To the Editor:
After a great deal of thought, I support a “No Vote” on the proposed MMRHS renovation. We should, instead, repair the school at this juncture. Strategic resource planning and belt-tightening is needed.
First, incredible teaching is the center of our excellence. The overbuilding of “brick and mortar” facilities with the associated costs detracts from the essential mission.
Second, MMRHS would add to the inventory of over-sized schools since this renovation project is tantamount to building new. The 30 percent student growth embedded in the projections conflicts with those from Berkshire Regional Planning Commission and the State. They report BHRSD having declined by 12 percent in the past 12 years and is expected to fall further by 23 percent. The county is contracting at an even higher rates.
Third, the project is strategically premature since programmatic and facilities duplication has not been addressed. This results in higher capital and annual operating costs than necessary.
Besides consolidating district management, the Southern Berkshire Shared Services (SBBS) project should yield savings through impending cooperative efforts. These include consolidation of technology and specialized facilities and programs, such as automotive, culinary programs, etc. SBBS is still at its early stage. We should not prematurely commit to front-end capital expenditures and heightened operating costs that undercut cooperative incentives with this renovation.
People say that full district consolidation is a decade away, if ever. GB is geographically desirable as a center of one of the, say, three or four imaginary school districts remaining in the county. However, there would be major obstacles. For example, the proposed renovation would be much too small and configured incorrectly. (Lenox, Lee, MMRHS, are each about 300 students for grades 9-12 with Mt. Everett, smaller.) And, our renovation debt, added to the bond for the lower and middle schools which extends for another 10 years, would also be deterrents
We take pride in our excellent school that attracts a student count disproportionate to our population. However, without the attendant financing and legal support, we are putting our townspeople at financial risk. The approval of this proposed plan will only endorse more of the same scenario.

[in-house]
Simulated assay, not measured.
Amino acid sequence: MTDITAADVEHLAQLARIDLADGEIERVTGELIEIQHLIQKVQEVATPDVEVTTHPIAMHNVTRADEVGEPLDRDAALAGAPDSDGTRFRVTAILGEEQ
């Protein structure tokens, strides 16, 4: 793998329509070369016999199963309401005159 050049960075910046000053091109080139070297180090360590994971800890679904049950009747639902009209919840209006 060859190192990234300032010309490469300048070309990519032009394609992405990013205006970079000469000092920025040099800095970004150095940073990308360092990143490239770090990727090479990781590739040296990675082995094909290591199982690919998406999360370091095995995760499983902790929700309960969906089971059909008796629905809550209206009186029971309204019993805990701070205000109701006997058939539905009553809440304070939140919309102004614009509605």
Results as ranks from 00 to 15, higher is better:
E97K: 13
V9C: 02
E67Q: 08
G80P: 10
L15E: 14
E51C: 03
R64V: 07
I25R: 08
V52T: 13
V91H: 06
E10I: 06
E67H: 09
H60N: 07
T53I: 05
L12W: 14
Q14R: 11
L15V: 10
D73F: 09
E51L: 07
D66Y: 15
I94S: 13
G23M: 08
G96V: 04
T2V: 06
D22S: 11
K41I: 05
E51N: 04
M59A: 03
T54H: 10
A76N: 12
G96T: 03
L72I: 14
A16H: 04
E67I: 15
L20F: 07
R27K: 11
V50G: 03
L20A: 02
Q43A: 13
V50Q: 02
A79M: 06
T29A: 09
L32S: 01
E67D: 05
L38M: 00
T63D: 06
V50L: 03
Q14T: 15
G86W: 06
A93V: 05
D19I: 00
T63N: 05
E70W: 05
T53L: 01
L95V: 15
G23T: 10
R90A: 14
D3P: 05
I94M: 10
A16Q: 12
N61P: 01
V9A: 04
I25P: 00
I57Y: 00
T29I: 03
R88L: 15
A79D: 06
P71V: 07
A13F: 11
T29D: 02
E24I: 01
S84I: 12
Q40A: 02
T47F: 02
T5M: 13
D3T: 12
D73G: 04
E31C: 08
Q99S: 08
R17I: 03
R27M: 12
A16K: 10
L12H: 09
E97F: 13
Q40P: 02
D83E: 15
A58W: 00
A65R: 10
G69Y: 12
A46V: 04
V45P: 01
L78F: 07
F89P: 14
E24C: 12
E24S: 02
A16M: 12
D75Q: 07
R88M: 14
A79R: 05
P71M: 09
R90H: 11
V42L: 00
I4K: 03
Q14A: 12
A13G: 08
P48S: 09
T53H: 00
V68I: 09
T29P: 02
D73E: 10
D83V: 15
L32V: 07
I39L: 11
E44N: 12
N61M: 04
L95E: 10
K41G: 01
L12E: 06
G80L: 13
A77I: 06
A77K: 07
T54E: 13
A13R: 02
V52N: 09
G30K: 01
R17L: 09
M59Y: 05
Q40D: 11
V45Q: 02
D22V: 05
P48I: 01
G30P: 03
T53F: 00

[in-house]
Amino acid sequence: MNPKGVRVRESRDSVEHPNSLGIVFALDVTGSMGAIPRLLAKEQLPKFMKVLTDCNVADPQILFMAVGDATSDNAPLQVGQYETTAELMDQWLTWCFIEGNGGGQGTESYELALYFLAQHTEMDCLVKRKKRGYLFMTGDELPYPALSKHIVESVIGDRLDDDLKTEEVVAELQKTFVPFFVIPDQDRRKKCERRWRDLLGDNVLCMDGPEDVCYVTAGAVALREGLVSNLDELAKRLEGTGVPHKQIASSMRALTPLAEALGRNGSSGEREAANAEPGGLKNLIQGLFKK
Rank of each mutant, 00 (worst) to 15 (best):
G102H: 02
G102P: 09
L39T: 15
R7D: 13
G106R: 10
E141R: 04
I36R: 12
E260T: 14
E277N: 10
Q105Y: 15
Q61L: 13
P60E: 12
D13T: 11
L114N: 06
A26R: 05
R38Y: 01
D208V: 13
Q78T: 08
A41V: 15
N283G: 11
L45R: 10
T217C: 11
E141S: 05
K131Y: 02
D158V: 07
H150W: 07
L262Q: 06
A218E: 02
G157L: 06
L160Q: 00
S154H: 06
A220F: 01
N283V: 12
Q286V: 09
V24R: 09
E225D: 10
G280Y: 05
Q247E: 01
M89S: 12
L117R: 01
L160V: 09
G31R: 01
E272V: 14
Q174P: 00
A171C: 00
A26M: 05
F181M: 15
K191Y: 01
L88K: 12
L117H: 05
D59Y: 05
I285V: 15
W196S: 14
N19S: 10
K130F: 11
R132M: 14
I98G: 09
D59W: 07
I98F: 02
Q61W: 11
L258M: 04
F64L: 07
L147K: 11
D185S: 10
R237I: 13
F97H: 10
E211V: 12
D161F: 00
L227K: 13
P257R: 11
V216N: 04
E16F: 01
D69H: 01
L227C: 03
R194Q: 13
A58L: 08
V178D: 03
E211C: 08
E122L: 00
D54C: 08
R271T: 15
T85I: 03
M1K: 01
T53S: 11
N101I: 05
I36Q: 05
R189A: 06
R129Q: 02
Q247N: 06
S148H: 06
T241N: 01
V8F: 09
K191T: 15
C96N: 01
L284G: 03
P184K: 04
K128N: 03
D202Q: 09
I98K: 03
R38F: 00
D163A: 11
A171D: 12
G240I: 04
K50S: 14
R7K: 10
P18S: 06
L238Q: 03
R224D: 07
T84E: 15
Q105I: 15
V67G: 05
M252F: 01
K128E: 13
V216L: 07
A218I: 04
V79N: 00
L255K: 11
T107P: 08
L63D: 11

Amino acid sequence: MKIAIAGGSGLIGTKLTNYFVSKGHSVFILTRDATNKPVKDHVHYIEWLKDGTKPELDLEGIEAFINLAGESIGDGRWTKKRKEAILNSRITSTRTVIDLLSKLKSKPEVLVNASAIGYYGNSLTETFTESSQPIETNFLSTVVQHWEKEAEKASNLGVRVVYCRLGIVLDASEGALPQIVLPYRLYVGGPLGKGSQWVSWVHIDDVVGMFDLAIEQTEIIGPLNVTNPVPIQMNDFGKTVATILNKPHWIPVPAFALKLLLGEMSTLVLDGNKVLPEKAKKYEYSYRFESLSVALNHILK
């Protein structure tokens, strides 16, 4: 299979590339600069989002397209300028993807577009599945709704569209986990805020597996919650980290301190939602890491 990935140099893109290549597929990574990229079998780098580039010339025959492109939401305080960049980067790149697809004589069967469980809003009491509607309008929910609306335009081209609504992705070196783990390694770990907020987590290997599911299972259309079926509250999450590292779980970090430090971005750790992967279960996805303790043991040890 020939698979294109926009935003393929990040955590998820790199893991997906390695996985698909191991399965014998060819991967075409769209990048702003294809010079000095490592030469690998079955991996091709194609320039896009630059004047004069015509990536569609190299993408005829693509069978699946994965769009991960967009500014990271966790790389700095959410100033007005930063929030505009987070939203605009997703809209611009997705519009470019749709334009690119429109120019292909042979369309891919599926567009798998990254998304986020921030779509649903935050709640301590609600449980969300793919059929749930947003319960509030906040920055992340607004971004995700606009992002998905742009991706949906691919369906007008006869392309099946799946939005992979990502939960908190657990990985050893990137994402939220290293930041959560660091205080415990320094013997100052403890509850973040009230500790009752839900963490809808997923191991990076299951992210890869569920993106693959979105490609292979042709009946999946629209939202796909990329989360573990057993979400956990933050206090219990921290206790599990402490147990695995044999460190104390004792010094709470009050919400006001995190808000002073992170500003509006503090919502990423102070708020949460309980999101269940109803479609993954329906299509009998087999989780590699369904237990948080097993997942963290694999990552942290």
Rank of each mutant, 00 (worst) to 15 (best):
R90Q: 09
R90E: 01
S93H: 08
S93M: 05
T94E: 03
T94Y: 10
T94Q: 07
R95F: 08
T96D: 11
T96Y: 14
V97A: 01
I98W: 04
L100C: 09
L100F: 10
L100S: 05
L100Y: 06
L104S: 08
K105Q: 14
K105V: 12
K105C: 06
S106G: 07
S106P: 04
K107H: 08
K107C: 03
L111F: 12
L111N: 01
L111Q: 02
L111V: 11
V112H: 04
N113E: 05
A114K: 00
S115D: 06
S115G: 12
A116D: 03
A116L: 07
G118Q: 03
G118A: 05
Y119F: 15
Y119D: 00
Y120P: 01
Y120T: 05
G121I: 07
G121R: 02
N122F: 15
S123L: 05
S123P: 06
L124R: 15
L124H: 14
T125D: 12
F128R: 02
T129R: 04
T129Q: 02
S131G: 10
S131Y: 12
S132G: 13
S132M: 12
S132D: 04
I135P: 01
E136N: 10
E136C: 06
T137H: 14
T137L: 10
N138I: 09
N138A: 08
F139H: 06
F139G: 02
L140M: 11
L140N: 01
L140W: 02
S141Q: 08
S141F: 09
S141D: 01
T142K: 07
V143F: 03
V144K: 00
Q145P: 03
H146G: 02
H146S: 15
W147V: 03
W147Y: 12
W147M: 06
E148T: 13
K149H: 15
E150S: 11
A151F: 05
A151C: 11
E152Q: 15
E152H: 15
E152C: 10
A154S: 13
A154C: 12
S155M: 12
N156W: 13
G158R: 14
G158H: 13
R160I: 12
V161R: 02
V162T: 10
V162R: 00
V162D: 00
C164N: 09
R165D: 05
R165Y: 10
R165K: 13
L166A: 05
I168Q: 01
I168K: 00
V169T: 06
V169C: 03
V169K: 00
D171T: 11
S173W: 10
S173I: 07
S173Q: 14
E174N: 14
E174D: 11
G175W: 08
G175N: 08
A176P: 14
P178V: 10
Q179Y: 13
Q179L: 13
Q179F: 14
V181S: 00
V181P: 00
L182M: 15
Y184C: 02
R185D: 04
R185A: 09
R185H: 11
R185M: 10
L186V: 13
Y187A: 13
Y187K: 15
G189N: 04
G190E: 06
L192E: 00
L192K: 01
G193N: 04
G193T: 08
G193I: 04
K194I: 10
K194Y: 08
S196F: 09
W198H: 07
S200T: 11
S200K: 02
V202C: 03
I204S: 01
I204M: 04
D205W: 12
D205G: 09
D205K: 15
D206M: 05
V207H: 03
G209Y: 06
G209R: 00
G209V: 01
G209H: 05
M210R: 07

Fourth, on expenses and taxes, the three town BHRSD gross operating budget is now $23.5 million, up 5 percent from the previous year. Of the net school expenses, Great Barrington will pay $12.1 million, the highest annual cost of any town in Berkshire County. Shouldering 70 percent of the total District, GB has only 43 percent of total students. The proposed renovation would increase GB taxes by 6.3 percent. This does not include the impact of the annual operating budgets increases for the School and municipality, the 3 percent CPA surcharge, or the extensive large wastewater and Fire District (water) projects, some of which is not yet reflected in our tax rate.
Regarding the proposed bond, our current 14 year olds will be 39, and the school population will be 23 percent smaller before it is paid off. Will we have made the right decision for them?
Finally, the proposed renovation project is basically the same project voted down last year. The decrease was achieved partly by reducing the contingency (which increases the risk of overruns) and by Great Barrington foregoing $300,000 in permit fees. By rolling our repairs into a larger renovation project, our costs are also much higher because the State requires many more extensive changes than individual repairs would require otherwise. This is the price of a higher reimbursement rate. Large projects also include expensive layers of management and the associated fees, contingencies, and inflation escalators. Further, the project size makes it difficult, if not impossible, for local contractors to bid.
Accelerating such repairs as the boiler and roof should be addressed, instead of committing to this costly renovation project. In the intervening period, we should strategically plan better resource utilization. We should not assume that Great Barrington will continue to expand as a “near-regional” high school without attendant funding. It is not “all or nothing.” It is the School Committee and the three town selectboards who must change the current model and set more realistic, equitable objectives and direction.
Last weekend, I attended the annual conference of the Massachusetts Association of Town Finance Committees with relevant presentations by the MSBA and others on school building construction, reimbursement rates, financial planning and town liabilities due to unfunded and unbudgeted retirement benefits. After exchanging experiences with other towns, my conclusions were reinforced.
If you agree, vote “No” on November 4. You should also let your boards know you want a change in our strategic direction.
The writer is chair of the Great Barrington Finance Committee.